September 19, 2019 by Muriel Sommers
Roundup: Latest on ‘Too Much Sitting’; Toxins in E-Cigs; and E. Coli in Ground Beef
Americans are Still Sitting for Too Long Or Less Active, New Research Shows
Despite awareness campaigns and recommendations from doctors, dietitians and fitness trainers, Americans are increasingly sedentary, spending even more time sitting down — and computers get some of the blame, according to new research.
Numerous other studies have linked sedentary lifestyles, or too much sitting, to a higher risk of obesity, diabetes, heart disease and even some cancers. A new study involving nearly 52,000 participants measured sedentary behaviors from 2001 through 2016.
The results showed that rates of too much sitting remained at the same high level or increased over that time period, fueled by an increase in computer usage and TV watching, according to the study published this week in the Journal of the American Medical Association.
The estimated total sitting time increased from 7 hours a day in 2007 to 8.2 hours a day 2016 among adolescents, and from 5.5 to 6.4 hours a day among adults, the study found.
Most U.S. adults and kids watched TV or videos for at least two hours daily. That figure is mostly unchanged throughout the findings, ranging from about 60 percent of children aged 5 to 11, up to 84 percent for older adults.
“The estimated prevalence of sitting watching television or videos for at least 2 hours per day generally remained high and stable,” the study’s authors concluded. “The estimated prevalence of computer use during leisure-time increased among all age groups, and the estimated total sitting time increased among adolescents and adults.”
U.S. physical activity guidelines say adults need at least 150 minutes to 300 minutes of moderate-to-vigorous activity each week. That includes brisk walking, jogging, biking or a sports activity such as tennis. Muscle strengthening two days weekly is also recommended.
E-Cigs Contain Toxins That Can Cause Respiratory Issues, Harvard Study Finds
Harvard researchers say they have found bacterial and fungal toxins in popular electronic cigarette products (e-cigarettes).
A new study from Harvard T.H. Chan School of Public Health analyzed 75 popular e-cigarette products — both cartridges (single use) and e-liquids (refillable material). They found that 27 percent contained traces of endotoxin, a toxic substance secreted by “Gram-negative” bacteria, and that 81 percent contained traces of glucan, which is found in the cell walls of most fungi.
Exposure to these microbial toxins has been associated with health problems in humans, including asthma, reduced lung function, and inflammation, researchers say.
“Airborne Gram-negative bacterial endotoxin and fungal-derived glucans have been shown to cause acute and chronic respiratory effects in occupational and environmental settings,” said David Christiani, Elkan Blout Professor of Environmental Genetics and senior author of the study. “Finding these toxins in e-cigarette products adds to the growing concerns about the potential for adverse respiratory effects in users.”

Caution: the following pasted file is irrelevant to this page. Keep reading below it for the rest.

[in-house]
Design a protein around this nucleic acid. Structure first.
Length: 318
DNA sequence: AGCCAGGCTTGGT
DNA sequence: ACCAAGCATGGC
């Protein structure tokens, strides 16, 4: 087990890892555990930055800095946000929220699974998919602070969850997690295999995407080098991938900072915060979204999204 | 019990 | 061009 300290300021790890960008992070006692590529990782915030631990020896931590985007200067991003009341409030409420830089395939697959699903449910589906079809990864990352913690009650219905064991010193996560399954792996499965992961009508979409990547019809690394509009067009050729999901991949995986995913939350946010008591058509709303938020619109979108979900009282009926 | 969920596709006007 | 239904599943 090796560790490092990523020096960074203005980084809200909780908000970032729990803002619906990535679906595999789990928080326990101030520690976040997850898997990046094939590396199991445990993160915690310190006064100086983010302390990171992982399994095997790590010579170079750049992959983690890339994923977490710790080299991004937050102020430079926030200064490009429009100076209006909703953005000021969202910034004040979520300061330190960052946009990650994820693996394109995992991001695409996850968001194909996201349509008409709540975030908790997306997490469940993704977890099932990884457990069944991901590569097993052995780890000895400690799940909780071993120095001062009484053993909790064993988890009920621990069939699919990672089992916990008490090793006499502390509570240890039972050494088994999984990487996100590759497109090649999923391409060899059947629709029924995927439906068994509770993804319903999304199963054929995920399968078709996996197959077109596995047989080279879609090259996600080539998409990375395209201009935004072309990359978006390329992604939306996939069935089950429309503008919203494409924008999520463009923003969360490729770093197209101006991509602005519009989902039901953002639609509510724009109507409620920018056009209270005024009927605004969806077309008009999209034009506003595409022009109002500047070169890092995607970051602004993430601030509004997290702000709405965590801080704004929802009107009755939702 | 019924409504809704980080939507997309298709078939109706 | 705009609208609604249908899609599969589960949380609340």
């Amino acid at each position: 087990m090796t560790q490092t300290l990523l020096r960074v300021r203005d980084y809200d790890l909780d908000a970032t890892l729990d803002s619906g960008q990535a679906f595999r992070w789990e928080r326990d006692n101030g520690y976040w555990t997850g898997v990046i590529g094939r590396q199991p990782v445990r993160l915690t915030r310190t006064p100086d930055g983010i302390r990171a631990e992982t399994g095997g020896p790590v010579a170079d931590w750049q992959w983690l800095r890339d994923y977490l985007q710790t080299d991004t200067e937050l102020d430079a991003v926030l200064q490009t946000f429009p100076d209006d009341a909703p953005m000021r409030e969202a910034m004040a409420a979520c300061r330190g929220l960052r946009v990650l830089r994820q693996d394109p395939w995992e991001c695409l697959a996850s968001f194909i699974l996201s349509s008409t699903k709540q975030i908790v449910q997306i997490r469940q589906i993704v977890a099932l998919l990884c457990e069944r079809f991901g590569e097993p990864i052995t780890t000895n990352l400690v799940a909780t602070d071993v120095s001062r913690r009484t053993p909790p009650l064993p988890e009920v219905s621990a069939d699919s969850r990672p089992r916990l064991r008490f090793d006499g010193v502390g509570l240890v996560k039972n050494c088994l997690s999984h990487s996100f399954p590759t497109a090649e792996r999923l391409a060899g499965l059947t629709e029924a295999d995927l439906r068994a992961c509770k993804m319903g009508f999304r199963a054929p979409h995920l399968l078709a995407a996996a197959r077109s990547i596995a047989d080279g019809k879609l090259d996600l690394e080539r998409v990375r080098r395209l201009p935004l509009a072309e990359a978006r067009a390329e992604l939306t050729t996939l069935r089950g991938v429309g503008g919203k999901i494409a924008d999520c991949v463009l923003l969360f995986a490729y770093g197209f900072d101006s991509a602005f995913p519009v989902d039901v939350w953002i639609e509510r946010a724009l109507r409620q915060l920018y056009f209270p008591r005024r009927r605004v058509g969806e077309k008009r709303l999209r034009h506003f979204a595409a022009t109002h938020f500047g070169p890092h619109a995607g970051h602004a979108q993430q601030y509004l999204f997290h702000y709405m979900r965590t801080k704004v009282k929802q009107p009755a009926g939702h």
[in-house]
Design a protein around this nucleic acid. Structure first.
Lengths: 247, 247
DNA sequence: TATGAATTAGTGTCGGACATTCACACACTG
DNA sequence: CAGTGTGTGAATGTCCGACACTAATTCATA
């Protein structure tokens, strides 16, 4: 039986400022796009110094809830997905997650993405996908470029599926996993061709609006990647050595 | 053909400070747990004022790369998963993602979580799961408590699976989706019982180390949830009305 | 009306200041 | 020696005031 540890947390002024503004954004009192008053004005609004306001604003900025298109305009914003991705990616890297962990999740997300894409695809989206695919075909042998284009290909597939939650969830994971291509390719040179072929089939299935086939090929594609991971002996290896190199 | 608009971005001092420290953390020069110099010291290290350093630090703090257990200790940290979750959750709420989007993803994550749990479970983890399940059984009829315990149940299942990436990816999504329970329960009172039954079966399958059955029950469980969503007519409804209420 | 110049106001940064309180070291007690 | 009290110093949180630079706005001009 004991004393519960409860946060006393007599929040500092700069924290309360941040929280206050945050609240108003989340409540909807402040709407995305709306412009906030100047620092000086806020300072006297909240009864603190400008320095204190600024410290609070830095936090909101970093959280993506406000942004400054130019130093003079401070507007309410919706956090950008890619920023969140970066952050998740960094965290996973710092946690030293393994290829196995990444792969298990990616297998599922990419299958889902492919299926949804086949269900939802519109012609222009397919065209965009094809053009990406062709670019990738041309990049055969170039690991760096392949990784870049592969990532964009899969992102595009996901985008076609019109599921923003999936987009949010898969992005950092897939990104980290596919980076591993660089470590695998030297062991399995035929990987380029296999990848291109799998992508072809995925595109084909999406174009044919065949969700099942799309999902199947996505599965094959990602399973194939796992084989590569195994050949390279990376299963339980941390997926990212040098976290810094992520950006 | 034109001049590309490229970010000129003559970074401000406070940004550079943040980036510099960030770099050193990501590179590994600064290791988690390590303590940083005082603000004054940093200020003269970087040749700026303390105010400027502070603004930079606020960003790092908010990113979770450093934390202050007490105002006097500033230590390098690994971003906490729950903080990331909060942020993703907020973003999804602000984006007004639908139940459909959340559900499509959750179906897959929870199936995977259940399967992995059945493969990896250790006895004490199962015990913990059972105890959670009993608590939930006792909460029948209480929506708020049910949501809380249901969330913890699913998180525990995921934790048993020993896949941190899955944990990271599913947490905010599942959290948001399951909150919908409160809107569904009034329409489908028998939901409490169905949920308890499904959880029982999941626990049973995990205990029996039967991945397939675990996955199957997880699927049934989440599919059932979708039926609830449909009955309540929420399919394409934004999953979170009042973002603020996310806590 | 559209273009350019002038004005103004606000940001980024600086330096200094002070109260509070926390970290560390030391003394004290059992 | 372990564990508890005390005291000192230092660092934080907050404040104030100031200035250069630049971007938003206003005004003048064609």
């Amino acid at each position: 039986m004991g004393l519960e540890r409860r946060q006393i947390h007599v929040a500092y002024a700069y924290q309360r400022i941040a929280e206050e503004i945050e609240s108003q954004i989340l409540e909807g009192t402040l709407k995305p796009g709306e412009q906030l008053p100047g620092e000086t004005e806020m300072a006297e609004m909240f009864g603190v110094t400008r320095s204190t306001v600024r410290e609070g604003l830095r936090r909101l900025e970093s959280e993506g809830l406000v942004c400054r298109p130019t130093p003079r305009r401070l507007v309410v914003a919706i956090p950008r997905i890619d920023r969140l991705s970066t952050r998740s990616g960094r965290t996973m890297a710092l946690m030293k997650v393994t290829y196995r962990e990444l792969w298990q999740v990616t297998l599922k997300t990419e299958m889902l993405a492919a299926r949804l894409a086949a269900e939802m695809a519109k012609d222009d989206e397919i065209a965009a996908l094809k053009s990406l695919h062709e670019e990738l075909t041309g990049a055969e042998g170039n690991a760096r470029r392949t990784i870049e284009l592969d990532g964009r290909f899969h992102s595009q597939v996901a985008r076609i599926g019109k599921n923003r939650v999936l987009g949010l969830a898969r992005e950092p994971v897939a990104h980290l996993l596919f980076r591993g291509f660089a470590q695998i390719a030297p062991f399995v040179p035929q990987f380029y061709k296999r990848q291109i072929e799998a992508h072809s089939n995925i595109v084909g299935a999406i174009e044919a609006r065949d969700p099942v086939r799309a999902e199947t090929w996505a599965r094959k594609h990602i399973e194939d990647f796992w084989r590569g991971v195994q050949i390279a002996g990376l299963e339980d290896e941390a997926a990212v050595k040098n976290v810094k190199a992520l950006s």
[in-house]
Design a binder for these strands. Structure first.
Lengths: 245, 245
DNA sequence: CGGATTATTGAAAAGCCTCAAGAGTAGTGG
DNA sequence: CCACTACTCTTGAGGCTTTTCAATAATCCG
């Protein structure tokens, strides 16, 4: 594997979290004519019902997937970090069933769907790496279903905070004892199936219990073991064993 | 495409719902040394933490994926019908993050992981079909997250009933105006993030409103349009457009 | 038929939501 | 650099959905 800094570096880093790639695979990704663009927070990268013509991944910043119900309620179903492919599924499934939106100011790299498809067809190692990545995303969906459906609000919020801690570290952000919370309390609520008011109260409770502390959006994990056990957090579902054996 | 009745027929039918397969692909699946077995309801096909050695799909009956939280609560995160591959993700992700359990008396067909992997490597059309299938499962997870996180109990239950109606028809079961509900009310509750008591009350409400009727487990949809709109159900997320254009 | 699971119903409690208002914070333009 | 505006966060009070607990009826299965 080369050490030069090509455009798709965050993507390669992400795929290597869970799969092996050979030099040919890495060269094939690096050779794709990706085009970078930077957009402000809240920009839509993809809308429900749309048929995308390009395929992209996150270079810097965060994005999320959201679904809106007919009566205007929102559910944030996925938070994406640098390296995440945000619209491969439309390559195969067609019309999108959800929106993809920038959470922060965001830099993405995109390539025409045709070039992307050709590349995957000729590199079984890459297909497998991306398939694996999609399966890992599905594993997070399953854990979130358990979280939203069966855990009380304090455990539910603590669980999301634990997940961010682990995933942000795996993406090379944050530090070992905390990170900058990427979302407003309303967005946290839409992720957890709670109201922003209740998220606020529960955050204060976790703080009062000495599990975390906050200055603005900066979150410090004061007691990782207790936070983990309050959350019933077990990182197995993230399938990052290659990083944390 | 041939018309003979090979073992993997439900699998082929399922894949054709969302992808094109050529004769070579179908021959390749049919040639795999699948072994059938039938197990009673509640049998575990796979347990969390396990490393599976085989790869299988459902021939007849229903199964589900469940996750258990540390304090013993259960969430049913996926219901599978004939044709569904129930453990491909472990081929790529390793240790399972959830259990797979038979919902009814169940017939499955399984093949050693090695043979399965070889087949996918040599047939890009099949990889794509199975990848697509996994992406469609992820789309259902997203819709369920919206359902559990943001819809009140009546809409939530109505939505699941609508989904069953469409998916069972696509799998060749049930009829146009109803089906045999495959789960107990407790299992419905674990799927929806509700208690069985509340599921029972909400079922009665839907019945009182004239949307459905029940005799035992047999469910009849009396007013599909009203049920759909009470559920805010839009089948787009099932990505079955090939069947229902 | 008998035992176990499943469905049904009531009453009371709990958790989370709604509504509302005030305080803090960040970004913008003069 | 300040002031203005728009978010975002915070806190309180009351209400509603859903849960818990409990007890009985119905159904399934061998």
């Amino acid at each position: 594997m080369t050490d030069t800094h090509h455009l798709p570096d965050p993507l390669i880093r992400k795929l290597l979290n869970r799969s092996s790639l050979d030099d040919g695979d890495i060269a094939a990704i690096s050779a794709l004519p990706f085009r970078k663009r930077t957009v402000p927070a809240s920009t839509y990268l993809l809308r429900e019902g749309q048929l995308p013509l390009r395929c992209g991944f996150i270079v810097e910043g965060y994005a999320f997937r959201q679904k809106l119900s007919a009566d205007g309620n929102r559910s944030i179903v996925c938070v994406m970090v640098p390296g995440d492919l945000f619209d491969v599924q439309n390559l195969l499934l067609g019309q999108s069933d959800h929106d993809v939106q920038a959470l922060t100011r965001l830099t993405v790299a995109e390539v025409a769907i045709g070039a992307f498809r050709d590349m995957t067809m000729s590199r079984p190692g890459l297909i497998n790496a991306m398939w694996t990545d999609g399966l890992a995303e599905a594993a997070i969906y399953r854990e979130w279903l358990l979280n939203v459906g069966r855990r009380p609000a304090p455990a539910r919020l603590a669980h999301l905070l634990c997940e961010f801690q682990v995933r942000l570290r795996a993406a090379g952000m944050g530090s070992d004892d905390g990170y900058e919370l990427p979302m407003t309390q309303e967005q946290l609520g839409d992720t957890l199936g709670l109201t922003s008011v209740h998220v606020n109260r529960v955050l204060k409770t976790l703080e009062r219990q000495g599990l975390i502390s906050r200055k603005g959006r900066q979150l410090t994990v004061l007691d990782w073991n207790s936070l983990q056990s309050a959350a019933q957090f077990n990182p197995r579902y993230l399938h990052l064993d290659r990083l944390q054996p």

The study, which is published in Environmental Health Perspectives, examined 37 e-cigarette cartridges, also referred to as “cigalikes,” and 38 e-liquid products, which can be used to refill some cartridges, from the 10 top-selling U.S. brands. The products were classified into four different flavor categories: tobacco, menthol, fruit, and other.
The study also found that endotoxin concentrations “were higher in fruit-flavored products, indicating that raw materials used in the production of flavors might be a source of microbial contamination,” researcher said.
The use of e-cigarettes has been steadily climbing in recent years, especially among high school and middle school students. It’s estimated that more than three million high school students used e-cigarettes in 2018, up from 220,000 in 2011.
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E. Coli Outbreak Linked to Ground Beef Covers 10 States, CDC Says
At least 156 people in 10 states, included Florida, have fallen ill from E. coli after eating tainted ground beef at home and in restaurants, says the U.S. Centers for Disease Control and Prevention.
Of those, 20 have been hospitalized, the CDC says. But there have been no reports of deaths. People infected range in age from under 1 to 83 years old, with a median age of 19.
“Investigations are ongoing to determine the source of raw ground beef supplied to grocery stores and restaurant locations where ill people reported eating,” the CDC states in an update this week.
K2D Foods this week recalled about 113,424 pounds of raw ground beef products that may be contaminated with E. coli, according to the Department of Agriculture’s Food Safety and Inspection Service. But additional analysis is needed to determine if there is a link to the current outbreak, officials said.
Subsequently, Grant Park Packing of Franklin Park, Illinois recalled about 53,200 pounds of ground beef out of concern that it may be contaminated with E. coli. Kentucky, Tennessee and Georgia have the most cases in the outbreak – 65, 41 and 33, respectively. Illnesses have also been reported in Florida, Illinois, Indiana, Minnesota, Mississippi, Ohio and Virginia, the CDC says.
The CDC adds that “no common supplier, distributor, or brand of ground beef” has been identified in the E. coli outbreak.
The CDC states that it “is not recommending that consumers avoid eating ground beef at this time. Consumers and restaurants should handle ground beef safely and cook it thoroughly to avoid foodborne illness.”
Symptoms of E. coli infection include severe stomach cramps, diarrhea and vomiting. The symptoms usually begin three to four days after exposure to the bacteria. Most people infected recover in five to seven days.
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